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story.lead_photo.caption Apple employee Daniel Trevino poses for a photo with Deirdre O'Brien, Apple's Vice President of People, after an announcement about Apple's new campus in Austin, Texas, Thursday, Dec, 13, 2018. Apple plans to build a $1 billion campus in Austin, that will create at least 5,000 jobs ranging from engineers to call-center agents while adding more luster to a Southwestern city that has already become a bustling tech hub. The decision, announced Thursday, comes 11 months after Apple CEO Tim Cook disclosed plans to open a major office outside California on the heels of a massive tax break passed by Congress last year. (Ricardo Brazziell/Austin American-Statesman via AP)

AUSTIN, Texas -- Apple plans to build a $1 billion campus in Austin, Texas, that will create at least 5,000 jobs ranging from engineers to call-center agents while adding more luster to a Southwestern city that has already become a bustling tech hub.

The decision, announced Thursday, comes 11 months after Apple CEO Tim Cook disclosed plans to open a major office outside California on the heels of a massive tax cut on overseas profits, which prompted the company to bring about $250 billion back to the U.S.

The company said it will also open offices in Seattle, San Diego and Culver City, California, each employing at least 1,000 workers over the next three years. Apple also pledged to add hundreds of jobs each in New York; Pittsburgh; Boston; Boulder, Colorado; and Portland, Oregon.

"They are just picking America's most established superstar cities and tech hubs," said Richard Florida, an urban development expert at the University of Toronto.

Apple's scattershot expansion reflects the increasing competition for engineers in Silicon Valley, which has long been the world's high-tech capital. The bidding for programmers is driving salaries higher, which in turn is catapulting the average prices of homes in many parts of the San Francisco Bay Area above $1 million. Many high-tech workers are thus choosing to live elsewhere, causing major tech employers such as Apple, Amazon and Google to look in new places for the employees they need to pursue their future ambitions.

"Talent, creativity and tomorrow's breakthrough ideas aren't limited by region or ZIP code," Cook said in a statement.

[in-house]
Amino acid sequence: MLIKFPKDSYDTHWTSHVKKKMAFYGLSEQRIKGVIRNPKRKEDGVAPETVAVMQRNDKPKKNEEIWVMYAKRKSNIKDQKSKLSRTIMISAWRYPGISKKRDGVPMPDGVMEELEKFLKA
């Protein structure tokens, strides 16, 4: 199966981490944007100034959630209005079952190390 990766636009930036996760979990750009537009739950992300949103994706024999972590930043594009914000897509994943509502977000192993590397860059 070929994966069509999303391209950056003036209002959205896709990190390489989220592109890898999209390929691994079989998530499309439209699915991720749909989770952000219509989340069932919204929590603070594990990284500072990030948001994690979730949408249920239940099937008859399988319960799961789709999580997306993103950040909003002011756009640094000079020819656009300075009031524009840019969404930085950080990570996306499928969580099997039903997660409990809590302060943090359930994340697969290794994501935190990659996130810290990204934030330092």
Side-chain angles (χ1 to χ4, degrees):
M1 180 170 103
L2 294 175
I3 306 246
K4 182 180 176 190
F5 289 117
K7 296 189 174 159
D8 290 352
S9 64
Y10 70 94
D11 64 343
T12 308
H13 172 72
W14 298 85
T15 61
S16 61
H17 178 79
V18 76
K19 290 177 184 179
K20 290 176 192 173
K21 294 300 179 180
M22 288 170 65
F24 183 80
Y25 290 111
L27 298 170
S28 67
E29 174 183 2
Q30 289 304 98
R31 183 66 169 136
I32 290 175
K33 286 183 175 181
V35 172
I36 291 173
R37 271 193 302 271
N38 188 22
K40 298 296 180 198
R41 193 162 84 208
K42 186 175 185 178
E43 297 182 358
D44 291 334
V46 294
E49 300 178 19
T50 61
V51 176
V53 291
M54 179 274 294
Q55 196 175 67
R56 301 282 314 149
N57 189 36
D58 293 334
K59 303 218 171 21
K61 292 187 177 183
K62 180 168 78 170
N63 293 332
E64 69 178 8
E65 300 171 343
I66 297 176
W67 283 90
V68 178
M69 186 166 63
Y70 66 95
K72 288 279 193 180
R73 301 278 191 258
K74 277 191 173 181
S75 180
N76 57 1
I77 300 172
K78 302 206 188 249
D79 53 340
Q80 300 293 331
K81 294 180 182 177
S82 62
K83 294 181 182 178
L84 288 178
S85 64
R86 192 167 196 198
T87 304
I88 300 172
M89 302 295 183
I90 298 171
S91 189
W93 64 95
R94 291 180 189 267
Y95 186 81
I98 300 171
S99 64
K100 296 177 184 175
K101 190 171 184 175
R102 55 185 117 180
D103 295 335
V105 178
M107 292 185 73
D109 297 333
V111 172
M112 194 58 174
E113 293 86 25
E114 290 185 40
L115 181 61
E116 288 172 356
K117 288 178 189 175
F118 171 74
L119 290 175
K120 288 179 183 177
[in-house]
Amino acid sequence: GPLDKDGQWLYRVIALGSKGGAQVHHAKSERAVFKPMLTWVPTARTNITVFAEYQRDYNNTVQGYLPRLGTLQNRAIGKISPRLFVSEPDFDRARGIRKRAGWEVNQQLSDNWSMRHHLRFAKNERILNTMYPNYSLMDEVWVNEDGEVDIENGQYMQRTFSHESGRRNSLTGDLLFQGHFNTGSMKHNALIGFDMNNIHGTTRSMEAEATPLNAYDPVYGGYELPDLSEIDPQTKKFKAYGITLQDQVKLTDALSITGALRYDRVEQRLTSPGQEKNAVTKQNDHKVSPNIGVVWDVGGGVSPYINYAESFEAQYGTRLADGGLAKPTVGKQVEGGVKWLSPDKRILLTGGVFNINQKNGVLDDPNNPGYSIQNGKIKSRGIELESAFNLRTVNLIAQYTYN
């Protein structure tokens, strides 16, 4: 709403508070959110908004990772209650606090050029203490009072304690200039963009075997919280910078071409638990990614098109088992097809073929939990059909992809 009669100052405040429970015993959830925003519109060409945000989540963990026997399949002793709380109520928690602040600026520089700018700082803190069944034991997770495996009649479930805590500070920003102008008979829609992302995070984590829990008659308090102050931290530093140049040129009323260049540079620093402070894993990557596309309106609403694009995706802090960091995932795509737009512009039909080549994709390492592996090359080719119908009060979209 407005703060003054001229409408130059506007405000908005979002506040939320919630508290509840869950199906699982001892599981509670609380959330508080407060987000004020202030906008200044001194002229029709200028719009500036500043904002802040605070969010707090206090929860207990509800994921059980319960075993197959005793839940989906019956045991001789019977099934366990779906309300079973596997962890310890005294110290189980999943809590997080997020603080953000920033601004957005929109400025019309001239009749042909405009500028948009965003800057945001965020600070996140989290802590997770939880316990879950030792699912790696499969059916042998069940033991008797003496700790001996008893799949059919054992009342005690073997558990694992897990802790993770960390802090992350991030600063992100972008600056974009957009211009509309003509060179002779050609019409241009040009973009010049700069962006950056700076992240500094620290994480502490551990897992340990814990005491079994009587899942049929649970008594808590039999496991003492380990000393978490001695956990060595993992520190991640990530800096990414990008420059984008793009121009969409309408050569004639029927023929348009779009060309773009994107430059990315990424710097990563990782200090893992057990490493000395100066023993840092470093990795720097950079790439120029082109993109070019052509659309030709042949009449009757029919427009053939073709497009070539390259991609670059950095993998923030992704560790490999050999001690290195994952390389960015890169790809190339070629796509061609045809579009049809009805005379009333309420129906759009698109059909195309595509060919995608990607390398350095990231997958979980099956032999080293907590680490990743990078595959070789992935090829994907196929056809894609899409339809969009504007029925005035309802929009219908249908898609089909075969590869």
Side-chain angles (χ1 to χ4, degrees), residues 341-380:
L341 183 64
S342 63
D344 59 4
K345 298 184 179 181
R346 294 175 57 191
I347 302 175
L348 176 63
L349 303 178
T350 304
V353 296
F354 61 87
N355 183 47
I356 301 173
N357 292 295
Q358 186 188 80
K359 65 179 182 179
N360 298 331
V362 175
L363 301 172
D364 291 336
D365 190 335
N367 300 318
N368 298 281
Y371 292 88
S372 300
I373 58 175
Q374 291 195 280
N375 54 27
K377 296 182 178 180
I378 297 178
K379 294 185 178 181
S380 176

Cities around the country offered financial incentives in an attempt to land Apple's new campus, but Cook avoided a high-profile competition that pitted them against one another, as Amazon had before deciding to build huge new offices in New York and Virginia.

Amazon could receive up to $2.8 billion in incentives in New York, depending on how many it ultimately hires there, and up to $750 million in Virginia. Apple will receive up to $25 million from a jobs-creation fund in Texas in addition to property-tax rebates, which still need approval. The figure is expected to be a small fraction of what Amazon received.

The government incentives offered to Apple seem "more in the line of normal business site selection" compared with Amazon's public "shakedown," said Mark Muro, a senior fellow at the Brookings Institution's Metropolitan Policy Center.

"There's a growing backlash in the country against the entire process of subsides and relocation inducements," Muro said. "That said, the Apple numbers for a very significant increase in jobs are much less eye-popping than the Amazon numbers."

The spots where Amazon and Apple decided to expand were obvious choices, based on an analysis released earlier this year by CBRE Research. Washington, D.C., ranked as the third best place in North America for tech talent, behind Silicon Valley and Seattle. New York ranked fifth and Austin sixth. No. 4 was outside the U.S.: Toronto.

The new Austin campus, with about 3 million square feet (nearly 280,000 square meters) of office space, will be about a mile from another large office that Apple opened five years ago. Apple currently employs about 6,200 workers in Austin, making it the company's largest hub outside Silicon Valley even before the expansion.

The new jobs are expected to mirror the same mix Apple already has at its Cupertino, California, headquarters, ranging from jobs in technology and research that pay well over $100,000 to lower-paying positions in customer call centers. Austin Chamber of Commerce Board Chairman Phil Wilson described jobs that Apple will be adding as "mid-skill" and "good-paying."

Virtually all of the jobs in Seattle and San Diego will be in technology -- a field where six-figure paychecks plus stock options are standard. The jobs in Culver City, about eight miles from Hollywood, will also be in digital music and video, two areas Apple is expanding in to boost its subscription entertainment offerings.

While much of the $250 billion overseas profits has been earmarked for buying back company stock and paying higher shareholder dividends, Apple pledged in January to finance more than $30 billion in capital expenditures in the U.S. over the next five years. It also committed to creating more than 20,000 more U.S. jobs during that same time frame. After adding 6,000 jobs, Apple said it now has 90,000 U.S. workers and is on track to fulfill its expansion pledge on schedule.

Business on 12/14/2018

Print Headline: Apple to build Austin hub, expand in other hotbeds

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